Fri, January 13th, 2017




Konstantin Korovin can be ranked among the most famous Russian painters. He was praised for his landscapes and well known for his theatrical decors.

Korovin was born into a wealthy merchant family. Unfortunately his father’s coach transport business went bankrupt due to the arrival of railways. It left the family without any money. As a consequence Konstantin’s father committed suicide. Konstantin was devastated.



Korovin studied in Moscow, at the school of fine arts and was under the guidance of the painter A. Savrasov. Savrasov left the school in 1882.  As a result his lessons were taken over by another famous painter V. Polenov. Polenov introduced Konstantin to the circle of Mamontov Ambramtsevo, an intellectual and artistic center that played a significant role in the development of Russian culture in the 19th Century. Korovin got the opportunity to do several sketches for the theatrical performances of Savva Mamontov (founder of the previous mentioned artistic center)

Soon after that he got the chance to expose his work in the Tsar Theatres. His work can be seen at the Grand Theatre in Moscow and at the Mariinsky Theatre in St. Petersburg.



Korovin took a great interest in impressionism and in 1887.  The young painter went to Paris to visit various museums and study this specific style in painting. After Paris he travelled together with Savva Mamontov and they visited Italy, Spain and France.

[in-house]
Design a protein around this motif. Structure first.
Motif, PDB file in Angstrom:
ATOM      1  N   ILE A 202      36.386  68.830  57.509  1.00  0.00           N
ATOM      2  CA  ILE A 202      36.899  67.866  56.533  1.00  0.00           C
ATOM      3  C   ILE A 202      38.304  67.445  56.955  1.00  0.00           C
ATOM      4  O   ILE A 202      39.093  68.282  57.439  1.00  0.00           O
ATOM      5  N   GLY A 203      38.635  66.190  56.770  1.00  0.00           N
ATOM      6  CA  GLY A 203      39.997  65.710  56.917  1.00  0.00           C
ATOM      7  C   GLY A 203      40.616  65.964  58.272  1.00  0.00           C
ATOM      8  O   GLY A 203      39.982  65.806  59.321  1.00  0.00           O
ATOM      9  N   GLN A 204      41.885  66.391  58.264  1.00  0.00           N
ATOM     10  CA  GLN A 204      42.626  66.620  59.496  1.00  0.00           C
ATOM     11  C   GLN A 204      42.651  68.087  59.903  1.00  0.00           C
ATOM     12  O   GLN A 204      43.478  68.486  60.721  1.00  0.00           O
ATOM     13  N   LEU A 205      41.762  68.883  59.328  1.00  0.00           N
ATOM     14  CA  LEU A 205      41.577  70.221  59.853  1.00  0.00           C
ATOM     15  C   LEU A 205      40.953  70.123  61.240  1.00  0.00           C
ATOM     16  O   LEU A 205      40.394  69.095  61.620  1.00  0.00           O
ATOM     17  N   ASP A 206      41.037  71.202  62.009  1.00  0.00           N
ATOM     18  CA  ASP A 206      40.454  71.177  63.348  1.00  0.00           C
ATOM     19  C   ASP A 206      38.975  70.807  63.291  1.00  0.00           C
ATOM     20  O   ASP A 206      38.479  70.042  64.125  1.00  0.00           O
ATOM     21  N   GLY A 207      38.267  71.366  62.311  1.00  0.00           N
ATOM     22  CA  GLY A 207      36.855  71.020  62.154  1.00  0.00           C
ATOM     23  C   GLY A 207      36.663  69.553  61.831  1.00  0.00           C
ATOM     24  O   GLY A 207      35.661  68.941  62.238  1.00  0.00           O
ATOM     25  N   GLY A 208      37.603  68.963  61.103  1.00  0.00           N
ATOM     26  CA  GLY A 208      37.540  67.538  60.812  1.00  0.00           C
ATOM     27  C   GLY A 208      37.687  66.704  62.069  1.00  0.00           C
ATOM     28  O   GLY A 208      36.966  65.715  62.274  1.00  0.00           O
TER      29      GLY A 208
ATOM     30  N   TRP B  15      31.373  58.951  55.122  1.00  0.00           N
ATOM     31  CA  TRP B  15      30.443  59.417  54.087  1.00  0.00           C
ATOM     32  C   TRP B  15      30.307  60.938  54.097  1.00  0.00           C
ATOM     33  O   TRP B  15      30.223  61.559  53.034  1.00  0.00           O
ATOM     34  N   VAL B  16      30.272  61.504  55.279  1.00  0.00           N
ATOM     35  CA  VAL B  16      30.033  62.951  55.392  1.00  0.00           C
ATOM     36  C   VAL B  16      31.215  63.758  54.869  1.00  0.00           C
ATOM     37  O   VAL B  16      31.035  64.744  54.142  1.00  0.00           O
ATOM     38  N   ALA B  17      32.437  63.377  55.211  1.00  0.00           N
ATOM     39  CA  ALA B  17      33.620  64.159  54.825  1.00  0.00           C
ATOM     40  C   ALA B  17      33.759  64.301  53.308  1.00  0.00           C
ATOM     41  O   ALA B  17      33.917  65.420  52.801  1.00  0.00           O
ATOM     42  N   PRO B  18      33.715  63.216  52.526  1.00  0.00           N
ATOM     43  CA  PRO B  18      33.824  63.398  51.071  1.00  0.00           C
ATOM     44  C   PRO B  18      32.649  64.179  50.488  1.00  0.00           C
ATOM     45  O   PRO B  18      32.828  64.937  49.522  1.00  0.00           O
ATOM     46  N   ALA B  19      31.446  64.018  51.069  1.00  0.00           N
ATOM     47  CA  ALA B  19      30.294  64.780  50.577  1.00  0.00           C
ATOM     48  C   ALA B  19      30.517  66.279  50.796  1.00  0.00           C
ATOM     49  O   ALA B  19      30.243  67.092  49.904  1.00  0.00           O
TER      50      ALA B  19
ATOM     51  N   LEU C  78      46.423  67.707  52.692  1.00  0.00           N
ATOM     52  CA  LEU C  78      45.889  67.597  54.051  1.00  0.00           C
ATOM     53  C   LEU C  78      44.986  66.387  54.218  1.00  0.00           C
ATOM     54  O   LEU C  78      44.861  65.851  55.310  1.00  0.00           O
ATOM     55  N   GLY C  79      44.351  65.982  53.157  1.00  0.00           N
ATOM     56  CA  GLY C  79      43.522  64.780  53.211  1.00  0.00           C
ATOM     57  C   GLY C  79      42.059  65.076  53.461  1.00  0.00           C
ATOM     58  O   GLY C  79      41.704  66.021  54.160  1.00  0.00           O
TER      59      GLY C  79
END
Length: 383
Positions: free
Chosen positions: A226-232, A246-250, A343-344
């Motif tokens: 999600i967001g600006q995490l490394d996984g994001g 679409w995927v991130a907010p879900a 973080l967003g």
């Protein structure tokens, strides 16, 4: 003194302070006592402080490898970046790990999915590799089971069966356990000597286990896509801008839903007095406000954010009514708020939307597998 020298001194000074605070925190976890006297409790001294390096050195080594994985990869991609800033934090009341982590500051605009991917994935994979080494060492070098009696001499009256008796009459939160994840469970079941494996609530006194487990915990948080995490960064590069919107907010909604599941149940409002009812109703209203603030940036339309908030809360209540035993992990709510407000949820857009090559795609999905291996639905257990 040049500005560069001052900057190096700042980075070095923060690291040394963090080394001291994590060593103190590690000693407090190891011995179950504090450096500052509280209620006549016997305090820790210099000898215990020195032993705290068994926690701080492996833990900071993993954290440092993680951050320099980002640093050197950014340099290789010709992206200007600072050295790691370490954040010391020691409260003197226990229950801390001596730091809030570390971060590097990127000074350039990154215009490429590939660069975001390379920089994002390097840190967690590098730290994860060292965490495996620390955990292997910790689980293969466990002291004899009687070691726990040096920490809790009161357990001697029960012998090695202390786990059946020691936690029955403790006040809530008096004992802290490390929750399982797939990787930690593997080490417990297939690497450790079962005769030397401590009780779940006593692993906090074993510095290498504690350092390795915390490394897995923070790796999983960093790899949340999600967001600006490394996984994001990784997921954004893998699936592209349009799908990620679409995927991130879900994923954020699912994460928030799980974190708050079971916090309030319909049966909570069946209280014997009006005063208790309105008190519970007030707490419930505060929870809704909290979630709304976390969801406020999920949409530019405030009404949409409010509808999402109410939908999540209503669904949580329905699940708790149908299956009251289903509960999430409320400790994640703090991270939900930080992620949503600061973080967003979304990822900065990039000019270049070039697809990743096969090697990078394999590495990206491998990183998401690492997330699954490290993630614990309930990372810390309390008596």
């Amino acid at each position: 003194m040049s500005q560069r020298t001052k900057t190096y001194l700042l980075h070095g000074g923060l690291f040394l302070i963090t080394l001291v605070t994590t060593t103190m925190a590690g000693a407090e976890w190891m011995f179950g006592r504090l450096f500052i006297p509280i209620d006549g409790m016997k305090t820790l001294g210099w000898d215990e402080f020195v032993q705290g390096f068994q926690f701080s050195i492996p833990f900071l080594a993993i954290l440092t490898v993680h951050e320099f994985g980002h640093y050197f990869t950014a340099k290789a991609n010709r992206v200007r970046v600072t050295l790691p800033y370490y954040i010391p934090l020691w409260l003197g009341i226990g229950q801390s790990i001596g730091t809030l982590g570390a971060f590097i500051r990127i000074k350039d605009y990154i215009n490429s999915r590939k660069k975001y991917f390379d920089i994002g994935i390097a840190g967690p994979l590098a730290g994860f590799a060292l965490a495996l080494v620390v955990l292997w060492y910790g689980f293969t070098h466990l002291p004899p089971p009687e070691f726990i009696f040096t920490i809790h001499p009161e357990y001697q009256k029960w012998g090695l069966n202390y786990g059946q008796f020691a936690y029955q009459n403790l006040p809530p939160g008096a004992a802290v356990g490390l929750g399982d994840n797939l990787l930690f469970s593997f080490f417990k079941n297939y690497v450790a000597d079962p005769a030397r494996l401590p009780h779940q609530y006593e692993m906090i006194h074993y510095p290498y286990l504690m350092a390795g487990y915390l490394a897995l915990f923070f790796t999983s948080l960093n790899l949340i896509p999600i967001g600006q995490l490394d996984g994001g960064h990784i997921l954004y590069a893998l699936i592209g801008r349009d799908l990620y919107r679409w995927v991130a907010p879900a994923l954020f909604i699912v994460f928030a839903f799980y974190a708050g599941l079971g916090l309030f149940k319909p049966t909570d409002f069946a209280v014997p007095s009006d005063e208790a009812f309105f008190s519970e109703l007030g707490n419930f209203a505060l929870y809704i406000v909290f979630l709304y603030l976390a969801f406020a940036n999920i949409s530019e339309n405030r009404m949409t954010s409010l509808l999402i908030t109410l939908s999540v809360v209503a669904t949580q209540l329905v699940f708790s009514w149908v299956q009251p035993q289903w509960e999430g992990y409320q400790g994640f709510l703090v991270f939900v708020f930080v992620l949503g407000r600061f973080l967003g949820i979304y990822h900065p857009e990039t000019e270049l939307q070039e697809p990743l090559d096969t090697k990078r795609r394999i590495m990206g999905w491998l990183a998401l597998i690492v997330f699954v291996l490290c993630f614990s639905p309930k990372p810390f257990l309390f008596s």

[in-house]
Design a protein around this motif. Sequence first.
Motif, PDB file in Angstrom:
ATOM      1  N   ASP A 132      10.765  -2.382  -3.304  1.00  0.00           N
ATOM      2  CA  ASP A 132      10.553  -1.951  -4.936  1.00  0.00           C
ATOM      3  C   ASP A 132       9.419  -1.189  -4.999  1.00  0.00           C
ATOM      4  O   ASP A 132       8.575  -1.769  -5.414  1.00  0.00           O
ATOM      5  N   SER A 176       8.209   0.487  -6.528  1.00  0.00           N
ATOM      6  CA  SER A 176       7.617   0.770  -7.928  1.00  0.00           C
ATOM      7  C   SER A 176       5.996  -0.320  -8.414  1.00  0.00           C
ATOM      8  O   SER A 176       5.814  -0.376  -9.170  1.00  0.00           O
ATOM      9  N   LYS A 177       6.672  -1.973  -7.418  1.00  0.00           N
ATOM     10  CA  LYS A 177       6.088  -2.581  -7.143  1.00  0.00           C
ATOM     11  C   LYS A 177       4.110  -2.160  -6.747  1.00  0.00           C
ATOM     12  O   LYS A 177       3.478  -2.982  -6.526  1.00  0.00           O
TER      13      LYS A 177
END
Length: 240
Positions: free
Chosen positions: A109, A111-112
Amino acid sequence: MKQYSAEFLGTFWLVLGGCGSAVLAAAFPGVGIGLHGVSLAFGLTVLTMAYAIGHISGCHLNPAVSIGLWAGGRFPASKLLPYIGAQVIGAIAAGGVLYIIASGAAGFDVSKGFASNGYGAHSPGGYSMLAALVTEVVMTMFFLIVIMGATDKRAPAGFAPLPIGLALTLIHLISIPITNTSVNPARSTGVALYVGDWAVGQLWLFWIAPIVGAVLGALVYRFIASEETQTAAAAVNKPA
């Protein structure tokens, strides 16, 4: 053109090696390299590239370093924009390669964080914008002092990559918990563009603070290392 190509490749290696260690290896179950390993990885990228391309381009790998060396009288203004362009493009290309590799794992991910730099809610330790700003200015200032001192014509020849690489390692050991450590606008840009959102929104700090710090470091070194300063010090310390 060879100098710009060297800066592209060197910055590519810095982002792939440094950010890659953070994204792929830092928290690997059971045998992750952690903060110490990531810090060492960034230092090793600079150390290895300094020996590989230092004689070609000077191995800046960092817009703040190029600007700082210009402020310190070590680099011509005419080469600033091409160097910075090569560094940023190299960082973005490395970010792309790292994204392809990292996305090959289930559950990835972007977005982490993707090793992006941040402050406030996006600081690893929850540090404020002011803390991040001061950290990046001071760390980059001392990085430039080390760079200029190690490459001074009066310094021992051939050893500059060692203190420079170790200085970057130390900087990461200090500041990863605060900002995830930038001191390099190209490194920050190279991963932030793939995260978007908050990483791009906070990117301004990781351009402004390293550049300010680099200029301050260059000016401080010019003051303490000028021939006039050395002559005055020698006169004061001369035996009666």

He always loved to travel, as well in his native country Russia where in 1890 he started a journey with his friend Valentin Serov, another well-known Russian painter. After having spent two years in Russia together with Serov, Korovin wanted to return to Paris. There he wanted to learn new techniques of contemporary European painting.

At the world exhibition in Paris in 1900, Korovin was awarded the French medal of the Legion of Honour.

His love for traveling we can find back in his works. The objects of many of his cityscape paintings are cities like Venice, Nice, Paris. His most beautiful landscape paintings show us the Russian countryside painted with passion and melancholy.

Crimea, almond Blossoms, Konstantin Korovin
Crimea, almond blossoms by Konstantin Korovin

In 1923 the Tretjakov gallery in Moscow asked him to exhibit his works. Unfortunately he did not receive the success he wanted. Young Russian painters were not interested in his works anymore and choose a different path. Korovin felt slightly rejected and as a consequence he decided in 1924 to leave Russia.  He settled in Paris where he started to work as a theatrical decorator.


In 1935 he wrote a book “My Life”, a memoir about his exciting and artistic life.

Konstantin Korovin died in Paris in 1939.


Visit our online gallery to check out more works by Konstantin Korovin

Monique Lucy Weberink, January 2017


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